Reassessing Fat

Lost your way reading nutrition labels? Don't remember the difference between trans-, poly- and unsaturated? Registered dietitian Mary Jo Feeney gives the skinny on dietary fats.

By Mary Jo Feeney

You'd have to be living under a huge rock not to have heard all the hype about dietary fats. Good fat, bad fat, lowfat, no fat, trans-fat, saturated, unsaturated, poly- and monounsaturated fatty acids, CLA — the varieties seem endless.

Fats are found in meats, dairy foods, eggs and nuts. They are added in cooking, used as a table spread or dipping oil, baked into muffins, cookies and scones, and mixed into salad dressings or other manufactured products.

You know all this. But if you are like many people, what you may not know is the difference between the types of fat and just exactly what nutrition experts recommend.

The state of the debate

It is easy to think that science is flip-flopping when, after all you've heard about the dangers of red meat, you suddenly read that there is a "good" fat found in animal foods. Actually, it's not that simple.

Although consistent information can be hard to find, health reports reflect what is known at any given time. While the debate over the pros and cons of dietary fats continues, there are some things on which most experts agree.

First of all, fat is an essential nutrient. Contrary to what you may have heard around the lunch table, a healthy diet is not fat-free. Fat not only provides energy, but also helps the body absorb the fat-soluble vitamins A, D, E, and K. Some fats are necessary for early growth and development in children.

And too important to be overlooked, fat adds flavor to our meals, satisfying not only our physiological hunger but our psychological appetite.

We also know that all fats are not equal. Fats are mixtures of saturated, mono- and polyunsaturated fatty acids and the combination of these basic building blocks determines the type of fat.

Today, many health experts agree that the key to a healthy diet is to monitor the type of fat rather than merely the quantity of fat you consume. For instance, although a plant-based diet — which includes fats and oils from nuts, seeds and grains — is considered healthy, it is not necessarily low in fat.

The monounsaturated fats that are found in a plant-based diet are healthier than other types of fat. So, what are the different types, where do them come from and what do they do?

Breaking it down

Research tells us that real deal on fat is more complicated than the diet aisle in the supermarket reveals. Fats are not all bad, some are good for you, and you may be surprised to learn what foods have which.

Now that you know what they are and where to find them, how do you get the right fats into your diet?

A fat-finding mission

The bottom line is: strike a balance. While you should be aware of fat, fat-finding should not be a witch-hunt. A healthy diet includes a variety of fruits, vegetables, grains, (and if you are not vegetarian or vegan) low-fat dairy products, lean meats, poultry and fish.

Often, the culprit in the obesity and chronic disease equation is not fat itself but an imbalance of all energy-providing nutrients.

A balanced and healthy diet contains moderate amounts of fats. If you eat about 2,000 calories a day (about right for a man planning to lose some weight or for an active woman), aim for 65 grams of fat a day with about 20 grams of saturated fat.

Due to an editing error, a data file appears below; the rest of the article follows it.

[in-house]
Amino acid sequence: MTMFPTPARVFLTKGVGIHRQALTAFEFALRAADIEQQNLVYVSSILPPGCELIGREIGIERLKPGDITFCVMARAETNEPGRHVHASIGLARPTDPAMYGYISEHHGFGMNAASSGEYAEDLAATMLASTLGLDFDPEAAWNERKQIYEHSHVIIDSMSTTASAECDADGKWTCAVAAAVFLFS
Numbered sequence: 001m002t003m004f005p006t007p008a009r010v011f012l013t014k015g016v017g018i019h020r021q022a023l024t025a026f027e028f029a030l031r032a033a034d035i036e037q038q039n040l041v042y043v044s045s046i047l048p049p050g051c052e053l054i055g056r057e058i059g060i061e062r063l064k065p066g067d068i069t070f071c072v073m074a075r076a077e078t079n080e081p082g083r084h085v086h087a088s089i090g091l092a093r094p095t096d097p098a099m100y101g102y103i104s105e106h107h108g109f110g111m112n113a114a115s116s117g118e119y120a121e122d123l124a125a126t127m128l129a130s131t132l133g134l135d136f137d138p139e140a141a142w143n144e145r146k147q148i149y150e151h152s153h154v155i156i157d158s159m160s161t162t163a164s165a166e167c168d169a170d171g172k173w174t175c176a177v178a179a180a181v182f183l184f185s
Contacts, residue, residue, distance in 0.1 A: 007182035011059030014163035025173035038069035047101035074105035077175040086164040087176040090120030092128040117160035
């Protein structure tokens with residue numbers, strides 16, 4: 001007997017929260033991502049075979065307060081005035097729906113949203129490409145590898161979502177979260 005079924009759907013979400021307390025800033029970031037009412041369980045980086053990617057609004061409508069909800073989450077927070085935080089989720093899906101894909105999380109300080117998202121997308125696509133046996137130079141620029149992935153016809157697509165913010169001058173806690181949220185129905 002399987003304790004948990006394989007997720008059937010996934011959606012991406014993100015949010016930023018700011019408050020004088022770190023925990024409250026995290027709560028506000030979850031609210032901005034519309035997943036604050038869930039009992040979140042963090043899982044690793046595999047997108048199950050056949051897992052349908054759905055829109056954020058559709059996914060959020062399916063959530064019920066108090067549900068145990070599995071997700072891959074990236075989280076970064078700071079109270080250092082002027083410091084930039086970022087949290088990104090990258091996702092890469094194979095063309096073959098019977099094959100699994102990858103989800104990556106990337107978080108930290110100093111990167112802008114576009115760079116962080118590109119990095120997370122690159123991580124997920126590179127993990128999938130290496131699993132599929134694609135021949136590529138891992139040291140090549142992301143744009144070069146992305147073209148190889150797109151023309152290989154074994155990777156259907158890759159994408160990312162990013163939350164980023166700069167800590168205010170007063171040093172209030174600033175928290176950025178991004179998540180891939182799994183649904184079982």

The goal is to limit your total fat intake to an average of 30 percent of the total calories you consume. Try to reduce saturated fat to less than one-third of your total fat consumption. Remember that your total diet counts — not just eating or avoiding only one food. Balance your food choices over the day and week rather than focusing on a particular recipe or meal.

If your fast-paced, convenience-driven life finds you relying on restaurants, take-out foods, packaged meal solutions from the supermarket, or other prepared foods, you have less control over the visible, trimmable fat on meat and poultry and the dressing that drenches salad greens. Be aware that prepared foods, casseroles and baked goods are major sources of hidden fat in everyday food choices.

In addition, be clear on the concept that reduced fat or lowfat is not the same as low- or no-calorie. Sometimes to ensure a tasty product manufacturers add sugar in place of fat, leaving foods lower in fat but higher in the calories that may get converted to fat in the body.

Use labels.

Check the nutrition facts on packaged foods to see if a reduced fat product is indeed lower in calories than its full fat counterpart. You may be avoiding fat, but not calories nor the health risks of obesity.

While we have been focusing our discussion on types versus quantities of fat, it is important to acknowledge that because fat is the most calorically dense nutrient, most of us can benefit from limiting our total fat consumption.

While consuming an excess of fats is by no means the only cause of obesity, it is a factor. With obesity comes serious risk for a number of chronic disease. A study by the American Cancer Society determined that obesity itself can be as deadly as smoking. For about half of all American adults, and about one-third of American children, obesity is a major health concern.

Finally, eating well and staying active are both essential for good health. It is hard to expend the calories you take in without regular exercise. Turn off the TV, sleep your computer and take yourself outside for a walk!

Reviewed by Medical Advisory Committee October 1999

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